Dec 17, 2011 at 9:39 pm #1283145
So in my other thread about building a 5×10 tarp I mentioned I wanted something that was "quick and dirty" to make. And it got me thinking, "what could I use as a tarp that's quick and dirty and cheap? I currently have a blue 8×10 tarp and I hate it cause it's so big since it doesn't store very small when not in use.
So who has any ideas as to what I could make a tarp out of that would be smaller than my blue tarp (28oz) in weight and compactness and be good to use in the cascades in Washington?
I was thinking something out of a AMK emergency blanket or a large piece of polycro. Mainly cause I have those items on hand. I am cheap after all!Dec 17, 2011 at 9:46 pm #1813418
I made this shelter from an MEC 8' X 10' sil nylon tarp
About 8 hours sewing by hand.
14 ounces minus stakes and trekking poles.Dec 17, 2011 at 10:05 pm #1813424
Polyetyhlene sheeting is available at a hardware store or painting supply in 2, 4, 6, 8, and 10 mil. 2 mil isn't much. 10 mil is much stronger. Very cheap if you buy a big roll and cut it to size. It doesn't come with grommets so it is helpful to use the trick of placing a round stone in a corner or edge and wrapping a cord around the tarp wrapped around the stone to acheive the function of a grommet. Lighter and more compact than a blue tarp, but not as sturdy. Lightweight coated nylon is superior to either poly sheeting or blue tarps, but is more spendy by a lot.Dec 17, 2011 at 10:06 pm #1813426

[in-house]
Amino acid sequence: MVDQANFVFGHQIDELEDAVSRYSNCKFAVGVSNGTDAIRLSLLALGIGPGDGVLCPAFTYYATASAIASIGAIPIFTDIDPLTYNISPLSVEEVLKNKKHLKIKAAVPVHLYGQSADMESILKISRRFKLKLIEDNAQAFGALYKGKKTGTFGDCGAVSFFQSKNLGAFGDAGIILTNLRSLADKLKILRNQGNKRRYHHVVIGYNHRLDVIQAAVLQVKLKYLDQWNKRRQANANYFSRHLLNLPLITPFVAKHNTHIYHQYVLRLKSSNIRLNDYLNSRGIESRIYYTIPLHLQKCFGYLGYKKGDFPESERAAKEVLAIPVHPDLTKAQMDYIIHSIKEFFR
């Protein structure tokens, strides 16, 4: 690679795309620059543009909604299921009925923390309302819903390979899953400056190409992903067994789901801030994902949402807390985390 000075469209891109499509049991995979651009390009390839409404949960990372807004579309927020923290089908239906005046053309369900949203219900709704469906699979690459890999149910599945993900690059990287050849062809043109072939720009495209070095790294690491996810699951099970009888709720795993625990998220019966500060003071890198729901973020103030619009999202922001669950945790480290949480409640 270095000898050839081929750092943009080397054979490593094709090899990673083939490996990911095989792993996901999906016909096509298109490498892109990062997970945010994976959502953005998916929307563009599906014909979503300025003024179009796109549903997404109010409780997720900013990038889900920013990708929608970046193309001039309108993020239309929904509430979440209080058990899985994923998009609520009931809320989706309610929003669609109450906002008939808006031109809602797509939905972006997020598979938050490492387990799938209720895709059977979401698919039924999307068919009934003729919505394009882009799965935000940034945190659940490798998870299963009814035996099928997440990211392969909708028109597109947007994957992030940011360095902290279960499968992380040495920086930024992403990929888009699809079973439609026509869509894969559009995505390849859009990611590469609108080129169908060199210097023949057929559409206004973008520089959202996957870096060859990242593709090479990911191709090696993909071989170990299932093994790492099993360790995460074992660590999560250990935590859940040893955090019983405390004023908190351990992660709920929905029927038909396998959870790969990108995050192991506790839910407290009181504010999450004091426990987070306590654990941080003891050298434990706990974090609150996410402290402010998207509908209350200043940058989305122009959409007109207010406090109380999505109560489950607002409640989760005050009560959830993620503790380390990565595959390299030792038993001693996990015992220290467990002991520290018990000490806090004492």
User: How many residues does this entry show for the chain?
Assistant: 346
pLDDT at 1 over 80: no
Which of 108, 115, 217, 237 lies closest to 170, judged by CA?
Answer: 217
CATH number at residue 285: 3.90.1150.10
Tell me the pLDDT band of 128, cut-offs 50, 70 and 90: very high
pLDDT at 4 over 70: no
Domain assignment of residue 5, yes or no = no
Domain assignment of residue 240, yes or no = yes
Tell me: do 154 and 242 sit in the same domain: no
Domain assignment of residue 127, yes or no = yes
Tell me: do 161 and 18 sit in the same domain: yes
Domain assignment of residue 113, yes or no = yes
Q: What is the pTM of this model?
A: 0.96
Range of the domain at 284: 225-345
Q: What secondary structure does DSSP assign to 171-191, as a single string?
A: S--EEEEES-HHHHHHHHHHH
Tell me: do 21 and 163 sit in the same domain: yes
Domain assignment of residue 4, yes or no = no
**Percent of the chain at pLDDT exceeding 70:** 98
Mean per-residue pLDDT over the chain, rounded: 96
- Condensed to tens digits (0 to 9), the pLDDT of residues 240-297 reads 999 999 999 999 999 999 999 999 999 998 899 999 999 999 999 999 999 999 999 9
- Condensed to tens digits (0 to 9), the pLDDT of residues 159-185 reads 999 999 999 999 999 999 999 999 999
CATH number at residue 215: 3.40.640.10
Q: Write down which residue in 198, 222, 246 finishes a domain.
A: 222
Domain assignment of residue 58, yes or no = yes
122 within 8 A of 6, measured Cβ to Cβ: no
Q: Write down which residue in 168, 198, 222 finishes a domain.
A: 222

@cameronLocale: The WOODS
I made one out of a peice of 3-4mil plastic. Instead of trying to tie cord to the corners what I did was put gorilla tape on the corners and on the tie out points. I only did it once because I needed a three man tarp for a trip. Mine weighed about 2 pounds but it was pretty big. I think for about a pound you could have a perfectly adequate tarp. This is a quick and dirty solution because it won't last forever but mine worked well. Let me know if you want more details later, I have some pics.Dec 18, 2011 at 6:50 am #1813472
@retiredjerryLocale: Oregon and Washington
Same here – 3 mil polyethylene – plenty strong enough for a number of nights – only a little heavier than silnylon – try out several configurations and sizes to see what works.
I used duct tape, run a loop of the guyline under the tape. Only problem is adhesive very slowly creeps so I added some staples, but I bet Gorilla Tape would be better.Dec 18, 2011 at 10:43 am #1813517
There is a vapor-barrier tape used during home construction that is designed just for use on polyethylene sheeting. It's red, plastic, 2" (5 cm) wide and very sticky. But lasts for years – 10 years the last time I got into my walls. I think you'd get less creep than with duct tape and if the tarp survived one trip, the adhesive wouldn't dry out as much as duct tape adhesive does over time and maybe you could use it again next year.